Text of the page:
The title track begins with a haunting melody, imbuing the listener with a sense of dread. It slowly builds up, creating tension. The vocals seem a bit cleaner, yet filled with evil as Tom says:

"Before you see the light, you must die!"

The pace is fairly relaxed, especially for a Slayer record. The doom aspect that was present on Hell Awaits has returned, yet in a different form. This is still dark, by comparison to the output of their Thrash Metal peers, but it is pretty tame when laid side-by-side with their earlier works. As the opening song of the album, it serves well to set the tone and let listeners know what to expect. The riffs and lyrics are very memorable and it all does well to add another dimension to the Slayer sound.

"Silent Scream" arises from the feedback that ends the previous song. Here, the pace has quickened and the intensity has increased. The vocals are somewhat restrained, having a rather calm feeling. The solos are decent enough and the whole thing comes off pretty well. The idea may be somewhat rehashed, but the delivery is adequate enough and it fits well at this point of the album, providing variation in the tempo.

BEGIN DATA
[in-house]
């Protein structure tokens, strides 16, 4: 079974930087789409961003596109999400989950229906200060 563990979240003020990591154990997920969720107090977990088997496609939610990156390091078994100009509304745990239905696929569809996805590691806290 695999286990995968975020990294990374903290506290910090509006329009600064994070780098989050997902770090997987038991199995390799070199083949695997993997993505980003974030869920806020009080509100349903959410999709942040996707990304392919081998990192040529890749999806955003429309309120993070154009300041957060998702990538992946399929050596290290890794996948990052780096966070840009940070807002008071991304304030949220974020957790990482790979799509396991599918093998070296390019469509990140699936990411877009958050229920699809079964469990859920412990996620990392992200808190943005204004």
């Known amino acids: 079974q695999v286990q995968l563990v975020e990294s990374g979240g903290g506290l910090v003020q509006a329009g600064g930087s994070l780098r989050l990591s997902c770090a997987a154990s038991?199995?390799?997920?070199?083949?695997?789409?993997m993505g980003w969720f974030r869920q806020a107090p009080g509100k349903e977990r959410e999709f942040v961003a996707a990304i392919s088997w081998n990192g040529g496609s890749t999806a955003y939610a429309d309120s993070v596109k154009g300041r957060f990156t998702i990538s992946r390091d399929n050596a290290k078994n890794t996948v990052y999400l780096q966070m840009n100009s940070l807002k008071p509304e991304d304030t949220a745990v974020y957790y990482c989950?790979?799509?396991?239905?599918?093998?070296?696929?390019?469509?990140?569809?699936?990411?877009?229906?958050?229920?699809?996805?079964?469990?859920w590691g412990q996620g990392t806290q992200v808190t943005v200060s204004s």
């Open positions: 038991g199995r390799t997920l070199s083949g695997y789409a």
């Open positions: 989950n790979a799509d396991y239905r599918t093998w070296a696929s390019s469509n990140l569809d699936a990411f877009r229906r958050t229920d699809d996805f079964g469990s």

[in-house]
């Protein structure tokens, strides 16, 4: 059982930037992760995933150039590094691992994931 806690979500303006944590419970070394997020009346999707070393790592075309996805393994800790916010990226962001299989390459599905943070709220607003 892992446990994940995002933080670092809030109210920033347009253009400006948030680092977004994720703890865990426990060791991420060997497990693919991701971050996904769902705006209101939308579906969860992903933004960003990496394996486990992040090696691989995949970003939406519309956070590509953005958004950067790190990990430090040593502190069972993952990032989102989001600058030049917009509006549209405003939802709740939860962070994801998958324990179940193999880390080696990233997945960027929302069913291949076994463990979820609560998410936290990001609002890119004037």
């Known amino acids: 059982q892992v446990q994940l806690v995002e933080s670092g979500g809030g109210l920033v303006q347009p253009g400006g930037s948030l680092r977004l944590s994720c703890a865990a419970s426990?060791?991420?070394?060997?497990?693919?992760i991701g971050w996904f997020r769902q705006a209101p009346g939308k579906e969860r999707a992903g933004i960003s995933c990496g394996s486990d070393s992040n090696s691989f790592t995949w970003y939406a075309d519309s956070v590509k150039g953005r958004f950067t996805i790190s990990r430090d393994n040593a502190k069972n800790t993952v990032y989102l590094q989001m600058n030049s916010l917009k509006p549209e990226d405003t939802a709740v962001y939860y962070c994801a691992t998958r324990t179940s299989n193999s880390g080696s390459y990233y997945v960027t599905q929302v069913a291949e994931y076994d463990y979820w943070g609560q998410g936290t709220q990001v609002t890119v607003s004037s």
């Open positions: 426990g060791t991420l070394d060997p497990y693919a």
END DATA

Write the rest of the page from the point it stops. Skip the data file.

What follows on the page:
The pace changes, yet again, as "Live Undead" begins. One of the great things about this album is that the riffs are easily distinguishable from each other. It takes mere seconds of a song to identify which one it is. This one is more mid-paced, possessing some nice double bass and solos. However, it's when the song speeds up a bit that the genius comes through. One of the best moments of the record comes around the 2:13 mark, as Tom returns to the high-pitched screams of earlier years. Of course, the lyrics have long ago lost the power and darkness that they once held, but they have not deteriorated so far as to be bereft of any quality.

"Laughing as you eternally rot
Searching for human flesh and life's blood"

"Behind the Crooked Cross" returns to the Nazi theme, explored previously in the song "Angel of Death". The vocal delivery is a bit flat, sounding a little too clean for some tastes. Regardless of this, the riffs are very memorable and the song moves along well enough. The pace picks up, after a minute or so. To compare the musicianship of South of Heaven to Reign In Blood is to have no real comparison at all. Where the former lacks power and intensity, to some degree, the latter was filled with too many half-developed ideas. Lyrically, this is another anti-Nazi song, which seems to have been fashionable at the time. The lyrics are memorable and easy to sing along to, if that's your wish, but they're quite tame when thinking of older songs.

"March on through the rivers of red
Souls drift, they fill the air
Forced to fight, behind
The crooked cross"